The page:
Earlier this month, beloved CHOM morning radio host and Montreal native Terry DiMonte announced his retirement from a career that spanned over four decades. He has been on radio stations across the country and is one of Canada’s most respected on-air personalities. Recently, on Twitter, he posted a picture of himself from decades ago wearing a sweater featuring the logo of the Spartans of Chateauguay Valley Regional High School. This sparked a lot of interest in just what his connection to the Valley was.
“I started a show in 1984 and in 85/86 my cohost was Peppermint Patti. This was before the internet, so the way you got your radio show known was you went to as many places as you possibly could. Patti and I never turned down anything. A friend of mine used to joke that we would go to the opening of an envelope,” explains DiMonte, reminiscing about the earliest days of his career. He continues: “The gang at CVR had asked us to host their winter carnival there because we had a lot of listeners who listened on the bus to CVR. There was also a bar (that I cannot remember the name of) that we used to go out to in Huntingdon. Patti had friends at this bar.”
During this time, he was also a referee for high school hockey, and spent a lot of his time refereeing for CVR and Billings: another Valley connection.
DiMonte explains how the sweater story began: “The year we went to CVR to host the carnival, they gave us those hoodies. I was hosting a children’s television show at that time called Switchback on CBC Television, which was shot in Ottawa and went through Quebec and Ontario. I wore that hoodie on TV one weekend, and everybody went nuts.” This was the first time the sweater caused community excitement. DiMonte goes on to say, “And again, you have to remember this was pre-internet so there was only radio and television, so it was a big deal.”
In those days, besides radio and television, there were also more community newspapers. DiMonte takes a moment to emphasize the importance of such local media: “It’s massively important. When I was a kid, I delivered a paper called the North Shore News, which was a paper on the West Island. When I lived on the West Island, I made sure I subscribed to what was called the News and Chronicle. Those local dailies disappeared years ago, and I think that the communities are poorer for it.” He also mentions that the English-speaking community needs to make sure they don’t lose their outlets. “I think this is especially true in the English media landscape. The Gazette gets thinner and thinner every week and the English community gets smaller and smaller every year and it’s important especially in local communities that papers like The Gleaner stay vibrant and thrive.”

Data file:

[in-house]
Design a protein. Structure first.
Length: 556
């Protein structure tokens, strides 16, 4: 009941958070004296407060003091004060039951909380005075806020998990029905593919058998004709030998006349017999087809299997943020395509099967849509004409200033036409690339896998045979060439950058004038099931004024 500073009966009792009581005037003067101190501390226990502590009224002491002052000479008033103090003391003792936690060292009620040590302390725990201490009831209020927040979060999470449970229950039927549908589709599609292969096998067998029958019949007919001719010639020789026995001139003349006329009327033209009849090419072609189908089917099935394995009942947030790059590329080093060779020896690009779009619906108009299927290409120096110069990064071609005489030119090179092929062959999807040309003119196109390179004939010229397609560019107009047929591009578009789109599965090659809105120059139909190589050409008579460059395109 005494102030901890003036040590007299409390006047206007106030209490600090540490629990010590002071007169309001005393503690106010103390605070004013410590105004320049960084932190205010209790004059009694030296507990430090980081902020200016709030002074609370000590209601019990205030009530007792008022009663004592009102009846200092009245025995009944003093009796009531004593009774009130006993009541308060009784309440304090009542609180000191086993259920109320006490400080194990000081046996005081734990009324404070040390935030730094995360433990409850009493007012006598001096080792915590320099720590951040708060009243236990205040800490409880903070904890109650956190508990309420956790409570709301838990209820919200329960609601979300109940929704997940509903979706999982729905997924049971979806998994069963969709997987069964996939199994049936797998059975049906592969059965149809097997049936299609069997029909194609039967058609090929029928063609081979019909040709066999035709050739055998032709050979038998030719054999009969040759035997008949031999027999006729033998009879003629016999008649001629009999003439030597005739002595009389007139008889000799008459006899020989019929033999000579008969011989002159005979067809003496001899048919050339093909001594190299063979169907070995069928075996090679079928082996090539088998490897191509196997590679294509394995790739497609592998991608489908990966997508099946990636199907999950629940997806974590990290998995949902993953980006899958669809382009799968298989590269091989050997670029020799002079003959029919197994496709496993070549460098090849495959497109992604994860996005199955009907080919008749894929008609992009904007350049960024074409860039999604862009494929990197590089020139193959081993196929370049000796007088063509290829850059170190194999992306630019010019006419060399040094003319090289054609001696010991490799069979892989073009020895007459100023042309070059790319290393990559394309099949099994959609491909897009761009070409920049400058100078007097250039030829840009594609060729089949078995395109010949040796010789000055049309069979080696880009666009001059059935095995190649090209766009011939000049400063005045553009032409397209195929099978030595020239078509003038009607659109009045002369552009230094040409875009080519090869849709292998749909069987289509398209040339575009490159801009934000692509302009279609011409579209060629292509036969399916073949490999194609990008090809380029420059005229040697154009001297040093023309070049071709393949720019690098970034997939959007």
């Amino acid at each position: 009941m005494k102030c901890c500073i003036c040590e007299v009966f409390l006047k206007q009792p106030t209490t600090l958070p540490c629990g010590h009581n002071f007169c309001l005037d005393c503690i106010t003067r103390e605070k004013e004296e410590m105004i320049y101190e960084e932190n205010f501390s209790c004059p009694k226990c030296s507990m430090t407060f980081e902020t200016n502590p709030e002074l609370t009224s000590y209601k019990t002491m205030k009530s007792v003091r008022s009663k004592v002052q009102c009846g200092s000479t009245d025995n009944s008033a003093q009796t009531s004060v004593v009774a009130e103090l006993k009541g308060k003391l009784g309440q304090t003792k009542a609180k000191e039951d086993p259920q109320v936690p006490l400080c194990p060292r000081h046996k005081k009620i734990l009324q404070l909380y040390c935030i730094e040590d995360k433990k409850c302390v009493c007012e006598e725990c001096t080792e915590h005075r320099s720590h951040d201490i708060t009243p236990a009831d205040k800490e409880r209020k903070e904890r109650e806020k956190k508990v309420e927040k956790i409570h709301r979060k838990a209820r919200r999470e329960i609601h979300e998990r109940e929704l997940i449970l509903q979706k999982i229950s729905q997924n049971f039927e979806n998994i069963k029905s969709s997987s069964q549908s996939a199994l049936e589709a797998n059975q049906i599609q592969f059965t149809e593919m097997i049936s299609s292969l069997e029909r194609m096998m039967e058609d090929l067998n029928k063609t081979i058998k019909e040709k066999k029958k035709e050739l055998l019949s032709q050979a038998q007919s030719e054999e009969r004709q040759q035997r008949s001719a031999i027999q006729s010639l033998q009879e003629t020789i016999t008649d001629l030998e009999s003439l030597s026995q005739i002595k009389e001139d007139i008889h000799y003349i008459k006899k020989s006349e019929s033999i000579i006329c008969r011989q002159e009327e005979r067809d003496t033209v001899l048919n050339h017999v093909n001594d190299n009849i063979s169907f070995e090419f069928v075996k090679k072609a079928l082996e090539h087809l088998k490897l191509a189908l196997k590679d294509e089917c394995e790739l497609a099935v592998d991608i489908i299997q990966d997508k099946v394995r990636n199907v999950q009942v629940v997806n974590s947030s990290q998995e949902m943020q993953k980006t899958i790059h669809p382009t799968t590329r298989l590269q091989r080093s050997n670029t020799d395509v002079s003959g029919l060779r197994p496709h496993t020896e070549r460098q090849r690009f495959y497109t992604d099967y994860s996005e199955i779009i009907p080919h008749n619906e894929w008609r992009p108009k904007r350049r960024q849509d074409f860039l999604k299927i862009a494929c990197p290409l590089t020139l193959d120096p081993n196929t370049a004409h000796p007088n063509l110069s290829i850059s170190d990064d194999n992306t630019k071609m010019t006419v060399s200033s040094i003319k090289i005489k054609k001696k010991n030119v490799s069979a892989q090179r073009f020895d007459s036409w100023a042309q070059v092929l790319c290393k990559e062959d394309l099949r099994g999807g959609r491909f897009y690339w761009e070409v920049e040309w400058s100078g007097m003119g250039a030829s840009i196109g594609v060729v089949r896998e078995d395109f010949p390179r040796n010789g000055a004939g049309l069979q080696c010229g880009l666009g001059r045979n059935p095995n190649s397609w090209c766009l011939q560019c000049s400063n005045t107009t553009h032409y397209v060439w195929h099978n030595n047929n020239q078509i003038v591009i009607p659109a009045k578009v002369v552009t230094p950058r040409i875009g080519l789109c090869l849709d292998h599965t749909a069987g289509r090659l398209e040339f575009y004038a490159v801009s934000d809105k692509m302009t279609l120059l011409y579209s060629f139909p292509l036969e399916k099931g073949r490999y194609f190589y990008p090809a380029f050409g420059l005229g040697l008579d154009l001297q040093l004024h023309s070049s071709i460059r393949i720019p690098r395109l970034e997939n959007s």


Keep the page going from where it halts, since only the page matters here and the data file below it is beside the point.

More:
He continues by saying that local news is at the heart of each community: “I’ve always been a big believer that it should be a reflection of the community we live in. Local papers are where you find out about things that make the community function and breathe and survive.” With the current rate that any news can travel, DiMonte says it’s important for people to tell their stories. “In the time of the internet where people can make up stories and put them on Facebook, [local papers provide] an even more important place for people who are living in the community and reporting stories of the community; especially given the context of English in Quebec, I think it’s massively important.”
Catching up on sleep
When asked about the legacy he is leaving behind, DiMonte admits that it is up to others to decide and he can’t say what it’ll look like. In terms of what he hopes, he says, “I’d like to think at night when I turn the light off that I conducted myself in an appropriate and responsible fashion, and that I used that chair responsibly. I tried to get involved with local issues and with as many charitable causes as I could. I tried to be the voice of people who were having trouble getting heard.”
What happens next for DiMonte? Though he has loved his gig, getting up in the middle of the night for so long has been a challenge. He says, “I’m going to be doing a lot of sleeping, a lot of reflecting, and then we’ll see.” Once he catches up on years of 3:30 a.m. wake-up calls, who knows? “June, July and August I’m going to spend a lot of time looking out the window and reading and taking it easy. We’ll see what happens come the fall. I may look into podcasting; some people are encouraging me to write a book. I have a lot of decisions to make, but the first thing I want to do is sleep.”
It can be very exciting when the Valley is represented in unexpected ways, especially by someone as impressive and respected as DiMonte. His contributions to English radio in Quebec are innumerable and he will be greatly missed when he retires. He takes a moment to emphasize that he is “so grateful to everyone for the support, and so tickled by the interest in my hoodie.”